holy week 2017: turning over tables in the temple

This year I decided to blog through Holy Week. Yesterday we started with Palm Sunday and our love of a certain kind of king. I find it fascinating that the next thing Jesus did after he entered Jerusalem on a donkey to the cheers of “Hosanna!” was go straight to the temple and start turning over tables.  Matthew 21:12-15 describe it this way:

Jesus entered the Temple and began to drive out all the people buying and selling animals for sacrifice. He knocked over the tables of the money changers and the chairs of those selling doves. 1He said to them, “The Scriptures declare, ‘My Temple will be called a house of prayer,’ but you have turned it into a den of thieves!” The blind and the lame came to him in the Temple, and he healed them. The leading priests and the teachers of religious law saw these wonderful miracles and heard even the children in the Temple shouting, “Praise God for the Son of David.” But the leaders were indignant.”

Turning over tables.

Calling out those profiting from religion.

Rebuking those taking advantage of the system.

Healing the blind and the lame.

Watching the leaders become indignant.

Here are some other words for indignant: resentful, furious, incensed, miffed, displeased, upset, boiling, bent out of shape.

Jesus tended to do that to the religious leaders, and ultimately it’s what lead to his betrayal, arrest, and crucifixion.

The message in this story is something that a lot of us are struggling with at the moment when it comes to being followers of Jesus.

What do we do with what we feel is a complete hijack of the faith that we love?

What do we do with the religiosity that we’ve seen choke out freedom for so many?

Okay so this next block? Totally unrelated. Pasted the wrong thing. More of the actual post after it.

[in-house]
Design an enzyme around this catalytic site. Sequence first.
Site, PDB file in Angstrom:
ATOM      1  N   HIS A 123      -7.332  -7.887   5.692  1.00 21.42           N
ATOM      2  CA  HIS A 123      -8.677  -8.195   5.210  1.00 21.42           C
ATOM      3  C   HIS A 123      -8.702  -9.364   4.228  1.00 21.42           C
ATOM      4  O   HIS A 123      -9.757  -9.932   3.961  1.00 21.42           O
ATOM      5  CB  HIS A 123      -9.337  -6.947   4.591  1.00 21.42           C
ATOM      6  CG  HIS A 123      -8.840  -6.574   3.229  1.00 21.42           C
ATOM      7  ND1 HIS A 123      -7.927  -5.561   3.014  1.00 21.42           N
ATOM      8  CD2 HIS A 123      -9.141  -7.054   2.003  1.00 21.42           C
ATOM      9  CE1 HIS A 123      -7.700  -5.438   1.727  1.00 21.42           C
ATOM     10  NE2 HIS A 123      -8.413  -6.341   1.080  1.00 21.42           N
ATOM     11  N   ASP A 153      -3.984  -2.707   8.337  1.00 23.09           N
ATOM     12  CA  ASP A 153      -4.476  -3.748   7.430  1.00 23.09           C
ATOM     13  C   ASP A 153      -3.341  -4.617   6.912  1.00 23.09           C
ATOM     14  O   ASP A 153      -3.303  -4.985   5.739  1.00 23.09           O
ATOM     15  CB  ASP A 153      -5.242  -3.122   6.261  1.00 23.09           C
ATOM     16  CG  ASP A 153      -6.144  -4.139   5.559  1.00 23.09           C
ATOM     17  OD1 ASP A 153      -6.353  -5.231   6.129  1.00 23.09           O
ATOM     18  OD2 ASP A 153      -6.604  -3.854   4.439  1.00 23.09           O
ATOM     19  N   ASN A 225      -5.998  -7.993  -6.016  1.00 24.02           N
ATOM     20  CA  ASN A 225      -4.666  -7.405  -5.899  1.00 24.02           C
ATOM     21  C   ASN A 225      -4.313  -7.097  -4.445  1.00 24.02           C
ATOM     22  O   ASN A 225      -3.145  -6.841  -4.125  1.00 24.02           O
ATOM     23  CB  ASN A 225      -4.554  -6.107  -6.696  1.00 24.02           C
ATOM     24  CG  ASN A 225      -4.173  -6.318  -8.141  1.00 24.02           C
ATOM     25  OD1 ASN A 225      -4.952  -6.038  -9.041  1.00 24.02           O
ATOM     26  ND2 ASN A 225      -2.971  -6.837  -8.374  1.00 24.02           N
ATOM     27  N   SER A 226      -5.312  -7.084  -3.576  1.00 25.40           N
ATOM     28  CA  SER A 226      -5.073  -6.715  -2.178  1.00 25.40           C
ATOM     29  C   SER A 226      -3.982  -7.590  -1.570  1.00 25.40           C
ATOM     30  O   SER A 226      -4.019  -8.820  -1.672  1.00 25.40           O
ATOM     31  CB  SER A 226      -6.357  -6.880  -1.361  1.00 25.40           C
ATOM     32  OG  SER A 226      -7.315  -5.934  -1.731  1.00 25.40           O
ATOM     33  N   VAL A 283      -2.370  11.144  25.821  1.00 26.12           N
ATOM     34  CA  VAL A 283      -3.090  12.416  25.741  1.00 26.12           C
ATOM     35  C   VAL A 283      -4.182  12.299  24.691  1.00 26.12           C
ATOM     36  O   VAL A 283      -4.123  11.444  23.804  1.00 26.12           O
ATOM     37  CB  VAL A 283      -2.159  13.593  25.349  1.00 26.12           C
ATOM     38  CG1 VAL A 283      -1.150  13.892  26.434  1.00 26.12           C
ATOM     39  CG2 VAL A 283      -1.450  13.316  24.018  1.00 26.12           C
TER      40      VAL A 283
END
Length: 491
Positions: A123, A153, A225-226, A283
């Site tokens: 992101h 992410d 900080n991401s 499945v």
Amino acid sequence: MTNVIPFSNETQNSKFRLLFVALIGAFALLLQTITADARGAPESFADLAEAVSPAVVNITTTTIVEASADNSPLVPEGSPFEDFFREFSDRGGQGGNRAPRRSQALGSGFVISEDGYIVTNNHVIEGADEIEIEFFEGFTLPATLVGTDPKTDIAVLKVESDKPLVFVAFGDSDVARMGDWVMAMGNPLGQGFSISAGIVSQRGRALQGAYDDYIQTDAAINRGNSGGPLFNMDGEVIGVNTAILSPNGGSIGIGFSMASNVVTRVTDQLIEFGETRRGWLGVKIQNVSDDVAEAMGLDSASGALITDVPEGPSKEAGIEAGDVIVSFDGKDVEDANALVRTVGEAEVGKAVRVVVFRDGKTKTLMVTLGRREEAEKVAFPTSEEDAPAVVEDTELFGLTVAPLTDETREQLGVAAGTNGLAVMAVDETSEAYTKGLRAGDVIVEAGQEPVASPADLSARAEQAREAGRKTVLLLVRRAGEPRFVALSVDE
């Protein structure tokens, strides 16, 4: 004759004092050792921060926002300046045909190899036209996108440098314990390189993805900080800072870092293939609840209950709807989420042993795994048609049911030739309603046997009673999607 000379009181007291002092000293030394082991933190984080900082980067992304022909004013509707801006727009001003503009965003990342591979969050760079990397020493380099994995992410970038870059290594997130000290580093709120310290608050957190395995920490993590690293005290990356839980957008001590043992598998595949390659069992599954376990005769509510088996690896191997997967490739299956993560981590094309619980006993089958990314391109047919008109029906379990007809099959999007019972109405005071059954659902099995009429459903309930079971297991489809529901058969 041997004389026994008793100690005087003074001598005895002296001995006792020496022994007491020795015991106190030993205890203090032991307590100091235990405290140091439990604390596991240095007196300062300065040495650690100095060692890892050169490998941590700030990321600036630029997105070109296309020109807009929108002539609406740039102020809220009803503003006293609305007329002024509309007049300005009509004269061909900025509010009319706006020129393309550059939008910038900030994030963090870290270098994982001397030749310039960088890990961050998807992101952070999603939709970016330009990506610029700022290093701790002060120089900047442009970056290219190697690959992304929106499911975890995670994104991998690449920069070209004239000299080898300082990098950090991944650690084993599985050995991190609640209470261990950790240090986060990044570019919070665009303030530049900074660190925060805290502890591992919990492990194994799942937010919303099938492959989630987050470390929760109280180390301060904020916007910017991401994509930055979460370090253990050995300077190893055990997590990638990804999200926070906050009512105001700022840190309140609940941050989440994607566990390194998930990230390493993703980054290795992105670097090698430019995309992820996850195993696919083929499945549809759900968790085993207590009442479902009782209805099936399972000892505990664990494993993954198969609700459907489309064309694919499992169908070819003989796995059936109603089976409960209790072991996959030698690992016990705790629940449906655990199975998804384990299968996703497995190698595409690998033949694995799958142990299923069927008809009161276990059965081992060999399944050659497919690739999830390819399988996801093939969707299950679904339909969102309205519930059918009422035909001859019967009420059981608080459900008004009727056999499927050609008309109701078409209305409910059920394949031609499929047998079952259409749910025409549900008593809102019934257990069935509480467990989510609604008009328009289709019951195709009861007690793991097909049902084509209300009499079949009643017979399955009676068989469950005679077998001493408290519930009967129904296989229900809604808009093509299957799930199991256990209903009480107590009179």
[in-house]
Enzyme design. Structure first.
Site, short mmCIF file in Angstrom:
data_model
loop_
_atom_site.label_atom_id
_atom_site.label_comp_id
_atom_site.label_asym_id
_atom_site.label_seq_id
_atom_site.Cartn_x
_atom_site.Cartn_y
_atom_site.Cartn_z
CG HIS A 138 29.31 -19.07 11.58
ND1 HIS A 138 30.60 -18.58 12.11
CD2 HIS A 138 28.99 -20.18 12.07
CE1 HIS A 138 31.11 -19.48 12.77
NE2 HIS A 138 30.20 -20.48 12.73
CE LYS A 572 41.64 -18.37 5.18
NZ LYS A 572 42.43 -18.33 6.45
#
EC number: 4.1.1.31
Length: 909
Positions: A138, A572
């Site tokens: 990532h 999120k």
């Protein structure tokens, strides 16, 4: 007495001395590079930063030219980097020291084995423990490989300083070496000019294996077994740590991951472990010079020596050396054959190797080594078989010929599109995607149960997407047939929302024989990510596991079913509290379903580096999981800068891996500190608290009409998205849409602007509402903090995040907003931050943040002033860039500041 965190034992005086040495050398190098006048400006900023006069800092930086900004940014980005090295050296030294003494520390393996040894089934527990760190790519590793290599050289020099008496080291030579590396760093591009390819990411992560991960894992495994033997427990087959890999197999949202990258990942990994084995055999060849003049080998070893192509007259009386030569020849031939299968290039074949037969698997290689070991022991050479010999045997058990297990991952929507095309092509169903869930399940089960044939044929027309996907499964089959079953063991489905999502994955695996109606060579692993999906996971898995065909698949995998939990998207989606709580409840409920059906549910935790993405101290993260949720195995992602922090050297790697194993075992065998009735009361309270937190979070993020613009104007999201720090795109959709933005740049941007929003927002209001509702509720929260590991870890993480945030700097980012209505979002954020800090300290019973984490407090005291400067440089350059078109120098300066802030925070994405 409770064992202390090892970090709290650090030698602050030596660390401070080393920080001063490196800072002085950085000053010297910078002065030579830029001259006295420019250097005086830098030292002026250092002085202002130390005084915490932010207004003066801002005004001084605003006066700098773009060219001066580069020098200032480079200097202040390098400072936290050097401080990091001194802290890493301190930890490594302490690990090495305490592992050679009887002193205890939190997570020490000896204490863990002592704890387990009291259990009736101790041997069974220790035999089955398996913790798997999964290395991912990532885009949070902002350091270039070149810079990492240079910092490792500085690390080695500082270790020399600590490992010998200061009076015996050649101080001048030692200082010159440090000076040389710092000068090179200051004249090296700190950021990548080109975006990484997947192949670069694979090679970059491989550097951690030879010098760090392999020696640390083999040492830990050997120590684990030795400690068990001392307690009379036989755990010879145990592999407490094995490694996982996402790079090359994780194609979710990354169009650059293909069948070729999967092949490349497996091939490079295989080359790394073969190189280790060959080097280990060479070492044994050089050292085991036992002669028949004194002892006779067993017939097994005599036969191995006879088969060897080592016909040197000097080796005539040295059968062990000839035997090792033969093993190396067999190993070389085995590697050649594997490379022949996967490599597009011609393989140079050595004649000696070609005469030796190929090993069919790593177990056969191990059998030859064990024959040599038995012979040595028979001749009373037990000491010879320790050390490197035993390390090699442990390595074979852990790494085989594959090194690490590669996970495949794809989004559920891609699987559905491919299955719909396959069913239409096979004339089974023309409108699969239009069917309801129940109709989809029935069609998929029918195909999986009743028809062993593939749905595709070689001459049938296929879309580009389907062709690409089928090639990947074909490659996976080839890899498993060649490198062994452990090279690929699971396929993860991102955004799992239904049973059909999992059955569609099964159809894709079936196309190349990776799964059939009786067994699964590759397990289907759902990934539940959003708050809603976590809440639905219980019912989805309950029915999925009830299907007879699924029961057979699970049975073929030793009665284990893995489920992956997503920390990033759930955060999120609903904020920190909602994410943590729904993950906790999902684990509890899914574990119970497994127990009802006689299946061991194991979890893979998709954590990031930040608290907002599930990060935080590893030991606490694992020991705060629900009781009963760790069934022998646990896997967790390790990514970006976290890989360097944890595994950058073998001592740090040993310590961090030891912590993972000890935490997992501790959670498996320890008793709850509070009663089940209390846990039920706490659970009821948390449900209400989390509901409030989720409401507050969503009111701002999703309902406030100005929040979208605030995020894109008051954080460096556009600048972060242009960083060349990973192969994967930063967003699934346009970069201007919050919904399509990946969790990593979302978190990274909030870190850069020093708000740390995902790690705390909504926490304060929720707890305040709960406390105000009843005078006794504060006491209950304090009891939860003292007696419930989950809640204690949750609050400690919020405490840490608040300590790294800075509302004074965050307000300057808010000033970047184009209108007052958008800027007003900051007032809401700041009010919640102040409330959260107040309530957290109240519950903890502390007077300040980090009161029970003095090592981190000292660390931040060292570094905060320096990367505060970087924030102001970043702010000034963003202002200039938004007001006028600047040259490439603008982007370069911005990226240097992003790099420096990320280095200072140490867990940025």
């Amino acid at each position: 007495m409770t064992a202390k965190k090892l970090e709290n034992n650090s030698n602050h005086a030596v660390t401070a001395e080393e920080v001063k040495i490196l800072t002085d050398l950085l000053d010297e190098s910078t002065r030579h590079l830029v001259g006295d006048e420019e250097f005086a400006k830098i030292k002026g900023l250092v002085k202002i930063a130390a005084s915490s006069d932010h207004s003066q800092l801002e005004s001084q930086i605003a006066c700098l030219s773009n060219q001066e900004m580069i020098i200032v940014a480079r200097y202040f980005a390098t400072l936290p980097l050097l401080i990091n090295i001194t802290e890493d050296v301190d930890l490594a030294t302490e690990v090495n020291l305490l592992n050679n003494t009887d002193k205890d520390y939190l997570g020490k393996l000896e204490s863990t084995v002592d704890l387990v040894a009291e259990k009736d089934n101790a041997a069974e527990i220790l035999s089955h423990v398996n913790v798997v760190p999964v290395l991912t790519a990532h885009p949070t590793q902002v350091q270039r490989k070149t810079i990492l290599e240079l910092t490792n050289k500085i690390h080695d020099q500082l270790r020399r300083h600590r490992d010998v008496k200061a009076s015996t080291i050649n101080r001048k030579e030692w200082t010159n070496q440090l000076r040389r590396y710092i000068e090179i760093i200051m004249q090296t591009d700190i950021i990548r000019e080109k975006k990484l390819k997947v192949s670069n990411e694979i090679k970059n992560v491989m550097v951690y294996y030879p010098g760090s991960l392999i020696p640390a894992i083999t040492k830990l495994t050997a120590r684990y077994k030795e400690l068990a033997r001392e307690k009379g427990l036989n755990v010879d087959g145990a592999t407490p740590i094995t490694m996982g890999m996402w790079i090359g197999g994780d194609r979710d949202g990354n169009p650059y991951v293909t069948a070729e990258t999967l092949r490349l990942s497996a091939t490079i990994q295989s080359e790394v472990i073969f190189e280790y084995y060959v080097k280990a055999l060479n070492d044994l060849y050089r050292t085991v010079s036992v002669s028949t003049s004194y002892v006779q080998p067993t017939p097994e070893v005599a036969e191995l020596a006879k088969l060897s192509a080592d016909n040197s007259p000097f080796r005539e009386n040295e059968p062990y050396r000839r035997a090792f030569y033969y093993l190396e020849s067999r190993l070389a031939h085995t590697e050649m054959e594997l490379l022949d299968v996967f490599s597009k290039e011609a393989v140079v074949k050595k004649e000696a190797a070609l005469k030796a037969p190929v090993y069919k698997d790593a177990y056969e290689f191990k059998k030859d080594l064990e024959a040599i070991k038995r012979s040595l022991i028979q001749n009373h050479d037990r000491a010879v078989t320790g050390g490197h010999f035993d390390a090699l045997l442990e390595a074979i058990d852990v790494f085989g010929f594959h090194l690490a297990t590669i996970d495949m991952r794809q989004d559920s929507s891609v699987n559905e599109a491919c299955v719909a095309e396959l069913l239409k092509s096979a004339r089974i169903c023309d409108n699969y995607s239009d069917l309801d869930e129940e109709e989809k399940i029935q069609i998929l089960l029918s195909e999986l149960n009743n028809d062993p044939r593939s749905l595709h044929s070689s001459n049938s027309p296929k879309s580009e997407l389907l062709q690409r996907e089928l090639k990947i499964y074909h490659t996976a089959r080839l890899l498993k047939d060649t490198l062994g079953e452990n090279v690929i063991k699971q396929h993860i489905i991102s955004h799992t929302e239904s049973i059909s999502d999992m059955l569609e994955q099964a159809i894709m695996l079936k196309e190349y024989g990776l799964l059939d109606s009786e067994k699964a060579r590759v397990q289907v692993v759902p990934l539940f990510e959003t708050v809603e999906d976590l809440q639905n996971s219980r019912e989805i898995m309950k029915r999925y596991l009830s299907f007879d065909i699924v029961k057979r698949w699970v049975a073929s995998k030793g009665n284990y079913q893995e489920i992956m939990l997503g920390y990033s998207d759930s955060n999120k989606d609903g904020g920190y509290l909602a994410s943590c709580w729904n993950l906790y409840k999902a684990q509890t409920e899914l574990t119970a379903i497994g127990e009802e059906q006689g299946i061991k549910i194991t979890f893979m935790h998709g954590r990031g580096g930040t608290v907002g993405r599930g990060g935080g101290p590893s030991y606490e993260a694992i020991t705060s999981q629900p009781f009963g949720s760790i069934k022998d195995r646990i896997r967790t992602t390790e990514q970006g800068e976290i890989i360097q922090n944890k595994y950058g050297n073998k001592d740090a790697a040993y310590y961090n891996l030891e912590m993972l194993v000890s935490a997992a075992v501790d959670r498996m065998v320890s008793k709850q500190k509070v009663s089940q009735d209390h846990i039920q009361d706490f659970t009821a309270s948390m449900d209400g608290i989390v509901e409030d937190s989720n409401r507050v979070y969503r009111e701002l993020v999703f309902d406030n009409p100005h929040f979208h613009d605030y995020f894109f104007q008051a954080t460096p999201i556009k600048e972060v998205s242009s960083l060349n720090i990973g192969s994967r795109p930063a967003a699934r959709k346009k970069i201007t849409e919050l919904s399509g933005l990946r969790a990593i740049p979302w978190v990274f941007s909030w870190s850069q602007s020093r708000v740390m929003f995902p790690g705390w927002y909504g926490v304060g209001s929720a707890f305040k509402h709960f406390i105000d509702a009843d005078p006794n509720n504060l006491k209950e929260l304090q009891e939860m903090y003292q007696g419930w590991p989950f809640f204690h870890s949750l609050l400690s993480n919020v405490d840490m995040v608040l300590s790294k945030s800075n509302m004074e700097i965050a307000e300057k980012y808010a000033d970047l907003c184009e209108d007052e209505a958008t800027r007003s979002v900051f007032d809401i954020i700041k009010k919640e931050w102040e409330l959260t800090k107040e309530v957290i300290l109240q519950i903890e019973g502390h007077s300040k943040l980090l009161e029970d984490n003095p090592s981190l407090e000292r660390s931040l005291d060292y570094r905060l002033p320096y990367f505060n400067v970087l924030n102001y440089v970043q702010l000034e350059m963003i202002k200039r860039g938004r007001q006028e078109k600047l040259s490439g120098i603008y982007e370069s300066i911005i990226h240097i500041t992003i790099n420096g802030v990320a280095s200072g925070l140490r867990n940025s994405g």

What do we do with the ways that the “system” of Christianity is tied to money and power and resource and separation from the blind and the lame?

What do we do with the big feelings of anger and embarrassment about the values that Christianity has become known for?

I hear this comment a lot from folks who are in a different place–“Why are so many progressive or deconstructed or unraveled or not-in-church-anymore Christians so angry all the time? When are they going to get over it?”

It’s a really hard statement for me because I see where the critique is coming from. Sometimes the anger and resentment oozes out sideways and it’s hard to see the good in it.

But underneath, for a lot of folks, it’s tied to what is happening in this story. there’s a lot of deep anger floating around about the money-changers and the law-enforcers and the gate-keepers.

There’s this thing underneath our own story and experience that I think is beautiful and good–an in-our-gut belief that the gospel, the good news, has become bad news for so many, including ourselves.

That what we learned in a lot of our Christian faith wasn’t what Jesus had in mind.

That so much got added to the mix that we had to believe to belong that we aren’t sure how to untangle it all.

That money and resource and power are priorities in a faith that’s supposed to be centered on just the opposite.

That we see we might have been participating in an adventure of missing the point and we are trying to find our way to healing and freedom, the kind that Jesus brought freely to the blind and lame in this story.

Anger is hard for me, but I’m learning it’s not a sin.

Righteous anger has its place, but most everyone can find a way to make our anger righteous somehow. Add in issues of different interpretations of what justice and love look like, it can be even more tricky.